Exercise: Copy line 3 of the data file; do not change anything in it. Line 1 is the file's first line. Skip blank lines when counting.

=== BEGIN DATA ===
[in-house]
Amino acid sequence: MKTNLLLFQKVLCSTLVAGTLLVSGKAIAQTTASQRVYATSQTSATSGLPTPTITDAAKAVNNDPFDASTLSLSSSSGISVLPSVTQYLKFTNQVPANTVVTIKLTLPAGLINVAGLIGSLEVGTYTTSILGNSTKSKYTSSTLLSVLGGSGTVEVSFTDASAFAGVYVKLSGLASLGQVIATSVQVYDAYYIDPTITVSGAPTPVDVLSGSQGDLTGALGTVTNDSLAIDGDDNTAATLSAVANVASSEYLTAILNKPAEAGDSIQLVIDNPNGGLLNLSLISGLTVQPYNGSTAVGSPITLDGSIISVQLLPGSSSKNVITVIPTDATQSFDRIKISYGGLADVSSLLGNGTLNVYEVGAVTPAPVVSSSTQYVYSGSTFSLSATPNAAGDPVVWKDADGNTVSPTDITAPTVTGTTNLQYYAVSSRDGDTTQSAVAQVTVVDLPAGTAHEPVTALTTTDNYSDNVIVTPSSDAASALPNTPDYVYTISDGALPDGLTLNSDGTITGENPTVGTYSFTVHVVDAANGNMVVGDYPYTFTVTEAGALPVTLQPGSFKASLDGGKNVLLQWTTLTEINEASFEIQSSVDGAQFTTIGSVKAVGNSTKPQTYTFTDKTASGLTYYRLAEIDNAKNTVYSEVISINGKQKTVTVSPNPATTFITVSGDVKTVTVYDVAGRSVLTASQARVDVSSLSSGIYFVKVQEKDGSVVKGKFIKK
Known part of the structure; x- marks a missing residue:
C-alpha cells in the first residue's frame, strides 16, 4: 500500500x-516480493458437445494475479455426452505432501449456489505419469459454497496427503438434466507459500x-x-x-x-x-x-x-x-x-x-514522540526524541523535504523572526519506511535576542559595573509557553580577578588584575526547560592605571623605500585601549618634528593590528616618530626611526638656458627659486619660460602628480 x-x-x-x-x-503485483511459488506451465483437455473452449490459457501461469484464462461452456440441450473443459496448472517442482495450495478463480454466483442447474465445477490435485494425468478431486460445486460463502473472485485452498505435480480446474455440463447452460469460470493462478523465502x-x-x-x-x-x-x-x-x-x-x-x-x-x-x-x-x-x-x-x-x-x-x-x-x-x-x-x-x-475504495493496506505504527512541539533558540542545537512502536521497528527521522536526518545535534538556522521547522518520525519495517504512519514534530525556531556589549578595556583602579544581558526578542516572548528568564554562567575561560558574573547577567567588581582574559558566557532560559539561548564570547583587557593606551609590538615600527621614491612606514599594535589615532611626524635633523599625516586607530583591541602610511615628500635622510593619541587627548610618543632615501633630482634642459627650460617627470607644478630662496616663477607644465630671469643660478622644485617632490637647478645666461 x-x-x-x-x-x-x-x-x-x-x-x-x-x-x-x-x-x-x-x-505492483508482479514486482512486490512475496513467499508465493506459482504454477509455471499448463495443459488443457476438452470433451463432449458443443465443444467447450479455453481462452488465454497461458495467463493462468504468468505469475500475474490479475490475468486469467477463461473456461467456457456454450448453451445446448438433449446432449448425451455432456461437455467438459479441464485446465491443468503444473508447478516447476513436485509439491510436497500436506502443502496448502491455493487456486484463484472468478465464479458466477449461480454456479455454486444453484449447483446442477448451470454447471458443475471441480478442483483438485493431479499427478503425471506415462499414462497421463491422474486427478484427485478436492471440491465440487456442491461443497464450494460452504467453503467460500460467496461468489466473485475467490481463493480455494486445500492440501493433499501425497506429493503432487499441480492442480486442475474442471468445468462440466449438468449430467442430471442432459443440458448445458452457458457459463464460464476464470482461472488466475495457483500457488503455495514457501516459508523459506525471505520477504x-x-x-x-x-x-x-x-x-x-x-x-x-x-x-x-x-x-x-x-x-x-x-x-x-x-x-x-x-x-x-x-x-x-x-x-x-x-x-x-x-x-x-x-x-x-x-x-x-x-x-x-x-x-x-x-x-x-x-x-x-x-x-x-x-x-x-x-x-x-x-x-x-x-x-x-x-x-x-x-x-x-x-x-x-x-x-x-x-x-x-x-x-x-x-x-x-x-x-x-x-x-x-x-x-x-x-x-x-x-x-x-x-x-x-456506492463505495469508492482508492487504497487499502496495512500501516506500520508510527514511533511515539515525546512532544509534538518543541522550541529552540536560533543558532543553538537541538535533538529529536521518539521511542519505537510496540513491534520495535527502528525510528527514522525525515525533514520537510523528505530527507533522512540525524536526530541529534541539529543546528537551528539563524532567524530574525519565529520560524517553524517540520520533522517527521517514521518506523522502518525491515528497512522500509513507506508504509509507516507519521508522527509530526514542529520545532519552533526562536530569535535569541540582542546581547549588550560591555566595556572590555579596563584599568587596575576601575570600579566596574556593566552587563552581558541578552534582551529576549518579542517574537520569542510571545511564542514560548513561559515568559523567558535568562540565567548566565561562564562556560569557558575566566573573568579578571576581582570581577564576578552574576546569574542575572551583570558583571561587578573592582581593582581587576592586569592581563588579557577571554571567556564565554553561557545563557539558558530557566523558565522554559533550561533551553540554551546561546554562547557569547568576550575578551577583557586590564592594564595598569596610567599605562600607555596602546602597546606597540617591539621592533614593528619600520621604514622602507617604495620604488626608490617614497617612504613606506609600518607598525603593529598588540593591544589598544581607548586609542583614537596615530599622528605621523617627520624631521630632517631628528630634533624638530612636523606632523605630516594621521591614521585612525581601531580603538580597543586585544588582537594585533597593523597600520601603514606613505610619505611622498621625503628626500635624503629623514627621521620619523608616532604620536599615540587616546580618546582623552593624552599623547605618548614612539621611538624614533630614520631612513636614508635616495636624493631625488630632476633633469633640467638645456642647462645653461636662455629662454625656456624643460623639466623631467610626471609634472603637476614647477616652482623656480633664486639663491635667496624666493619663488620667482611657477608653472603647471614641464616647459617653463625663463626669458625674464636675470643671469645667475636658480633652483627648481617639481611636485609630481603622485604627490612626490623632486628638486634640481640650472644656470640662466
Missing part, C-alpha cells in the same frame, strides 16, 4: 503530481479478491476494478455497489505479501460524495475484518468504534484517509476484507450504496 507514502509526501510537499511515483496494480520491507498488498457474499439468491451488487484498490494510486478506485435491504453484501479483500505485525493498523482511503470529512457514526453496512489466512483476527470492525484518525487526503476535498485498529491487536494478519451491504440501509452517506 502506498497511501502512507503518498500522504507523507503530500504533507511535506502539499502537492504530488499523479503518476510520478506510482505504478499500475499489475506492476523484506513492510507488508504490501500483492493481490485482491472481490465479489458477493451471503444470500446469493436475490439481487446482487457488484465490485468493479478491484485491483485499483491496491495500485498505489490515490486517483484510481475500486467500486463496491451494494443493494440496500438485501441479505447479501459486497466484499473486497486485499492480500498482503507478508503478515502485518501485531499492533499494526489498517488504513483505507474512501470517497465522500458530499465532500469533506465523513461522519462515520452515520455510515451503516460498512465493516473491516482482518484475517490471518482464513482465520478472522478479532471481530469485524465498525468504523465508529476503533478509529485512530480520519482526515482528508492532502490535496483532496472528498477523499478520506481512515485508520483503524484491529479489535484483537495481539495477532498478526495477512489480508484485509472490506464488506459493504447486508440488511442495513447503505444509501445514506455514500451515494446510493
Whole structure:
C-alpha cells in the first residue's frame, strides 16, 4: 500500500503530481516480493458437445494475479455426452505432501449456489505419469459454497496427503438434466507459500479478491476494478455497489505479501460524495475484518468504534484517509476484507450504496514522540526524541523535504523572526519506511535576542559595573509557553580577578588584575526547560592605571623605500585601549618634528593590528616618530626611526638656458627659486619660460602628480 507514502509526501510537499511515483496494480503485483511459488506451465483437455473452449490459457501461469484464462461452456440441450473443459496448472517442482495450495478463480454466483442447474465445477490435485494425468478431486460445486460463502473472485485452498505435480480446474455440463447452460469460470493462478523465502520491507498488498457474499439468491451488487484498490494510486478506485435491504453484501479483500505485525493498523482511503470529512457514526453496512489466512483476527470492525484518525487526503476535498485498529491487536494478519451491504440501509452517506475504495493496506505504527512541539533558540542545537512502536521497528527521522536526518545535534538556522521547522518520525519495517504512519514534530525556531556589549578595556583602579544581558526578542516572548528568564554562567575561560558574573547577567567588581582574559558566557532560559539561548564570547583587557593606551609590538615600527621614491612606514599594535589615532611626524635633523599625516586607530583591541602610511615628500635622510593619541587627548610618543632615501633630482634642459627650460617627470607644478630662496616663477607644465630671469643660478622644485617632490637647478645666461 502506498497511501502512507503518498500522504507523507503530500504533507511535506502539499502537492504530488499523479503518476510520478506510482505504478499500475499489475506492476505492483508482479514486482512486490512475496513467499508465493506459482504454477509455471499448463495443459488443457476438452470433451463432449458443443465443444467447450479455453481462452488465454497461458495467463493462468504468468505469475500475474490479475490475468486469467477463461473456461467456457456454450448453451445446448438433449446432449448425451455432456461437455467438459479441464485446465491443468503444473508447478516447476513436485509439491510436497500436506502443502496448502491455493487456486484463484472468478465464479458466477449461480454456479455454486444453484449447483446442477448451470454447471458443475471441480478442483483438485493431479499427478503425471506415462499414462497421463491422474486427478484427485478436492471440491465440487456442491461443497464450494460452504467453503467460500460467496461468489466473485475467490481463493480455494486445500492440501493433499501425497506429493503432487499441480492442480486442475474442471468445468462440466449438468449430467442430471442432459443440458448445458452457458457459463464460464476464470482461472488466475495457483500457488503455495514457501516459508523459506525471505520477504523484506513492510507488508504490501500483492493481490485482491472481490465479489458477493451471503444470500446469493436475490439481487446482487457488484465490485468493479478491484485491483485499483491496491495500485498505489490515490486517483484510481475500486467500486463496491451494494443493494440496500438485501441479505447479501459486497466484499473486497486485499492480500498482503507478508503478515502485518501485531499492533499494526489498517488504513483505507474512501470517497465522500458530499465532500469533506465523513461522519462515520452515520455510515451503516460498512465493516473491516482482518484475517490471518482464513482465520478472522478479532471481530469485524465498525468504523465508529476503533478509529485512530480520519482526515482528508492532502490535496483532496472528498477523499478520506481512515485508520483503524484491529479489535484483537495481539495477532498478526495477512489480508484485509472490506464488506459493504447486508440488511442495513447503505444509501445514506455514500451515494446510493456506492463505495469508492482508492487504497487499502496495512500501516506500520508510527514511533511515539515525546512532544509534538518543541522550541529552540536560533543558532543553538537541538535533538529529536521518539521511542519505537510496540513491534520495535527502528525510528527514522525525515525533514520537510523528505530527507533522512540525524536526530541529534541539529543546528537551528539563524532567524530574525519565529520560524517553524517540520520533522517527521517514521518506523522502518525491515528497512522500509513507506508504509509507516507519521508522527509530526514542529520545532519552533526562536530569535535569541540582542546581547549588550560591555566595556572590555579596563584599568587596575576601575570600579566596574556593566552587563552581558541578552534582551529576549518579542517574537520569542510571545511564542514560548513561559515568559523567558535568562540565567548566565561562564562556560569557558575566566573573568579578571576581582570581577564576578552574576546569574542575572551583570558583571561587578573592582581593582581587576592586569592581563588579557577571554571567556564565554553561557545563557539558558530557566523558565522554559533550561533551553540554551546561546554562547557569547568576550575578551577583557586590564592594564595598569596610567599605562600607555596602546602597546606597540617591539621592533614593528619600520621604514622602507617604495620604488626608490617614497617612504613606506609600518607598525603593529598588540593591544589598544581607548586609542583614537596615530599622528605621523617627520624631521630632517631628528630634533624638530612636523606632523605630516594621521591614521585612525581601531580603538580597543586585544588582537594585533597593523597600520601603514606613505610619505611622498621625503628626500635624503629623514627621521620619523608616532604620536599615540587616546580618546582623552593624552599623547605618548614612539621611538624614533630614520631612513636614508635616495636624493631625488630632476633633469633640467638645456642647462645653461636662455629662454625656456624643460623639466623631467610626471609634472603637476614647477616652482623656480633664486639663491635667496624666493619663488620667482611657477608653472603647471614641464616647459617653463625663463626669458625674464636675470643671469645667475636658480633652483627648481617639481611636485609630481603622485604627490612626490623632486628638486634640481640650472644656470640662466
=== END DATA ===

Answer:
Known part of the structure; x- marks a missing residue: